Archive Results For: Internal Waterways

Upnor Castle and Gunpowder Supply to the Navy 1801–4

By Andrew Saunders

This article is based on the hundreds of letters written by the Board of Ordnance to the magazine establishment at Upnor Castle between 1801-4, with others from various sources. The letters refer to the supply of gunpowder and its nature, the storage of powder, its retrieval from ships returning from service and the changing nature […] Read More

Filed under: Other (Nineteenth C) | Internal Waterways
Subjects include: Administration | Navies | Weapons

Note: John Laird’s American River Boats

By Paul Quinn

The background to the use of iron river boats is explored, and their early use in America is explained together with the irony that this American experience helped to establish the British industry. Read More

Filed under: Other (Nineteenth C) | Internal Waterways
Subjects include: Shipbuilding & Design

Avoiding the U-Boats: the Clyde-Forth Oil Pipeline

By Warwick M. Brown

With the growth of the German Navy at the start of the twentieth century posing a new threat to British naval supremacy, geographic realities dictated that the North Sea would be the main scene of naval operations in the event of an Anglo-German conflict. However all the existing home bases were located on the South […] Read More

Filed under: WW1 | Internal Waterways | Other (location)
Subjects include: Logistics

The Longevity of Wooden Warships: the Great Lakes Example

By Robert Malcomson

Late in the 18th century the lives of such ships was short, in all probability owing to the use of unseasoned timber in their construction and to poor laying up practices during the severe winters. Oak, pine and cedar were the preferred timbers used. Efforts to season timber such as by salting, application of paint, […] Read More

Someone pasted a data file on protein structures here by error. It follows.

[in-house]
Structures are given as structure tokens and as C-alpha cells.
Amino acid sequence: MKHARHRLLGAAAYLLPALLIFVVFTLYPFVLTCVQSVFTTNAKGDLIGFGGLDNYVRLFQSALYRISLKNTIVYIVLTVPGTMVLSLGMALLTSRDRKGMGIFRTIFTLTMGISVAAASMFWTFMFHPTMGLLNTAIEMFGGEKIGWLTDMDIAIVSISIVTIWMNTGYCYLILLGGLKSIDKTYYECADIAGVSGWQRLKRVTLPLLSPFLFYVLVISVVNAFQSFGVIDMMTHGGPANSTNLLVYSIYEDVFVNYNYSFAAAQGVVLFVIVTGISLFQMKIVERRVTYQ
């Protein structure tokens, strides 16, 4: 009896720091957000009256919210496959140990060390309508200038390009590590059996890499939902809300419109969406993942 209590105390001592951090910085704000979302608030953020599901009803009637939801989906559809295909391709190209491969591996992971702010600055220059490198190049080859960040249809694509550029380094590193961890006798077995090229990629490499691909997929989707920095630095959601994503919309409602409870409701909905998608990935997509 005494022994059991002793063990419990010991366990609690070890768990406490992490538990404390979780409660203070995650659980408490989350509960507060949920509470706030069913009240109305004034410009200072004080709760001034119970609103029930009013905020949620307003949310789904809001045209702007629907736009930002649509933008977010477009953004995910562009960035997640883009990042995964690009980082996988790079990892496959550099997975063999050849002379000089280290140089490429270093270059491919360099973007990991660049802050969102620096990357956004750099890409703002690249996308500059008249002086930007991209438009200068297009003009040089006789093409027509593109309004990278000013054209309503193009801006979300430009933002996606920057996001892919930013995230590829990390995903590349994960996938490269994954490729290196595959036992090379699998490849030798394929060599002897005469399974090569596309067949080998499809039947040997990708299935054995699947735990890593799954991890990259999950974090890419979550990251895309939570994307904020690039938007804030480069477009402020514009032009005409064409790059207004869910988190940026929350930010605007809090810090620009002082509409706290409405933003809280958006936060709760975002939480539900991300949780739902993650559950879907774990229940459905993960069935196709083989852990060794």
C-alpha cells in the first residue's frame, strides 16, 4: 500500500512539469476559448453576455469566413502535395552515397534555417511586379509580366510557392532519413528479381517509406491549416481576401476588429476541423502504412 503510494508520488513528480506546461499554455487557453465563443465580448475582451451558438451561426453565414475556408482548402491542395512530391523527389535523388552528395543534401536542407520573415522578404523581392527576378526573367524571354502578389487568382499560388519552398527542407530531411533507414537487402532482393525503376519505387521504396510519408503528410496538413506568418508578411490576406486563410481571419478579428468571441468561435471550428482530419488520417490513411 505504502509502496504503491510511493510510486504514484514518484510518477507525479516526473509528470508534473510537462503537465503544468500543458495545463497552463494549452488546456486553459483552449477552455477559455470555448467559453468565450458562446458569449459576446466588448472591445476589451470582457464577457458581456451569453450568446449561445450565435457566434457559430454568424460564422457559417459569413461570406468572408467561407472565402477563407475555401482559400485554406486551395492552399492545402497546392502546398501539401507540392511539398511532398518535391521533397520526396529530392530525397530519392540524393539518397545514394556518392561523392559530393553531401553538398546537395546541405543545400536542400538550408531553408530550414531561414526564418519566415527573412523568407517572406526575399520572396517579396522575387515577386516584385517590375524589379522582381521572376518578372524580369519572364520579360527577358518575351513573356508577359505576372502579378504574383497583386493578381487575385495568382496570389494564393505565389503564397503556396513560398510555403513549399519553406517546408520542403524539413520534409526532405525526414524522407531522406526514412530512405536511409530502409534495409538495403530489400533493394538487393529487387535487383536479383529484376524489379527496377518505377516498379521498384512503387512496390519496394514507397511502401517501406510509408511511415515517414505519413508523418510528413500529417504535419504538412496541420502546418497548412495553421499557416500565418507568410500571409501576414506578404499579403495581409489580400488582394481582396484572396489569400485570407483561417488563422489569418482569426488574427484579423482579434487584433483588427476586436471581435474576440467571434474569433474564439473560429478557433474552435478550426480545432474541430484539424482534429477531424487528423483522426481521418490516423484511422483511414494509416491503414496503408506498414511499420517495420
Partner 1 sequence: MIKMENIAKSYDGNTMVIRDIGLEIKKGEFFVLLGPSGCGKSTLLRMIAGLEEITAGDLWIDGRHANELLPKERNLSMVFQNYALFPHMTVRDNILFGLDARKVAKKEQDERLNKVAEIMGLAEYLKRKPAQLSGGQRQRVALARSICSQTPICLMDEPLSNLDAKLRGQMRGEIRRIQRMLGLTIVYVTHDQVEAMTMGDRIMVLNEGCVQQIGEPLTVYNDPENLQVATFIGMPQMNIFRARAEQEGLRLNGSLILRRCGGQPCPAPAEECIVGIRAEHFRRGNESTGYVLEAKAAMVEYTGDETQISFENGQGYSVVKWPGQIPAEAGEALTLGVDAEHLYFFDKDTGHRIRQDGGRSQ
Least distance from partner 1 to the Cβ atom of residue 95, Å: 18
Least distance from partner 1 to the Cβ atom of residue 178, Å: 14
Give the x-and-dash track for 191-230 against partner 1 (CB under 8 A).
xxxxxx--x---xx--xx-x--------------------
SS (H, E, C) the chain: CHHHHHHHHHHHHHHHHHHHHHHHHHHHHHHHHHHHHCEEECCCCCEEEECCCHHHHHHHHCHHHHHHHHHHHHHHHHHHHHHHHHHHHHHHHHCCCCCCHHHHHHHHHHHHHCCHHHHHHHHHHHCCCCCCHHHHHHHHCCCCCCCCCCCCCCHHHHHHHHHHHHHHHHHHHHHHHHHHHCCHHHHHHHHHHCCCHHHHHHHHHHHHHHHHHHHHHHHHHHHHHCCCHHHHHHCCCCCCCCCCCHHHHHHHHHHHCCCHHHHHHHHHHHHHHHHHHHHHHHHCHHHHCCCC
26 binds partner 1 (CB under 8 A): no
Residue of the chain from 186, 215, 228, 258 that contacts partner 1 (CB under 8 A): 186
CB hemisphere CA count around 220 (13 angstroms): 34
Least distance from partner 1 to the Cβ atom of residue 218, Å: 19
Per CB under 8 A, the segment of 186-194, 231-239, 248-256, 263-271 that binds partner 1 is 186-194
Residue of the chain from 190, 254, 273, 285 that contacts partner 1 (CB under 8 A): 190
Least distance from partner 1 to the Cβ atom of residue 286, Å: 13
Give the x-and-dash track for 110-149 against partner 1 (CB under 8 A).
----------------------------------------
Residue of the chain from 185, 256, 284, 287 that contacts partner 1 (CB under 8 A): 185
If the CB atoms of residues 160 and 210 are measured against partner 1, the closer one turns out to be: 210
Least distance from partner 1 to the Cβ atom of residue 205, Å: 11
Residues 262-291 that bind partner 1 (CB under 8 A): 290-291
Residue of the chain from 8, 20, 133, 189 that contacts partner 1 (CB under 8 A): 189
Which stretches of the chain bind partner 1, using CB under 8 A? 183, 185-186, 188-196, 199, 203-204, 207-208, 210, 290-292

Filed under: Other (Nineteenth C) | Other (Eighteenth C) | Internal Waterways
Subjects include: Shipbuilding & Design

Note: Early Watercraft Built of Metal, 1777-1838

By Charles Dawson

A listing of the early use of metal in the construction of watercraft on the Clyde, Merseyside and Thames Read More

Filed under: Other (Nineteenth C) | Other (Eighteenth C) | Internal Waterways
Subjects include: Science & Exploration

Note: PS Orwell, 1813-4

By Charlee Dawson

The early steamship PS Orwell was used on the Orwell between Harwich and Ipswich. Read More

Filed under: Other (Nineteenth C) | Internal Waterways
Subjects include: Merchant Marines

Note: The Stirling: Pehaps the Earliest Steamer Built on the East Coast of Scotland

By J Colin Bain

This Note uses evidence from the East coast of Scotland to show that the innovation of steam was taken seriously from early in the nineteenth century. Evidence from contemporary newspapers shows how well steam vessels were able to deal with tides in the Forth between Stirling and Leith, or in the Tay. The final voyage […] Read More

Filed under: Other (Nineteenth C) | Internal Waterways
Subjects include: Science & Exploration | Shipbuilding & Design

Note: The Stirling Perhaps the Earliest Steamer built on the East Coast of Scotland

By J. Colin Bain

The steam-powered Stirling is confirmed as being the first vessel registered in 1814, and her career carrying passengers in the tidal waters of the Forth and thence to the Caledonian Canal is described. The accident which brought her to an end is detailed. Read More

Filed under: Other (Nineteenth C) | Internal Waterways
Subjects include: Merchant Marines | Shipbuilding & Design

Note: SS THETIS, 1857, A Daring Experiment

By Charles Dawson

Early steam navigation was restricted to river, coastal and short sea passages. Many improvements were required before ocean travel became viable for steamships, due to the low efficiency of their engines. The iron-screw steamship Thetis, built on the River Clyde in 1857, represented a daring stage in the process of engine improvement. Her compound engine […] Read More

Filed under: Other (Nineteenth C) | Internal Waterways
Subjects include: Shipbuilding & Design

The Woolwich Steamyard

By Dr Philip MacDougall

This article traces the origins of use of steam power by the Admiralty. Vessels such as Comet were first used to attend to the wants of the fleet, and the need to service these craft at either Woolwich or Deptford was soon realised, despite the shallow water of the Thames. Construction of the new steamyard […] Read More

Filed under: Other (Nineteenth C) | Internal Waterways
Subjects include: Harbours & Dockyards | Shipbuilding & Design

Filter By Subject

Reset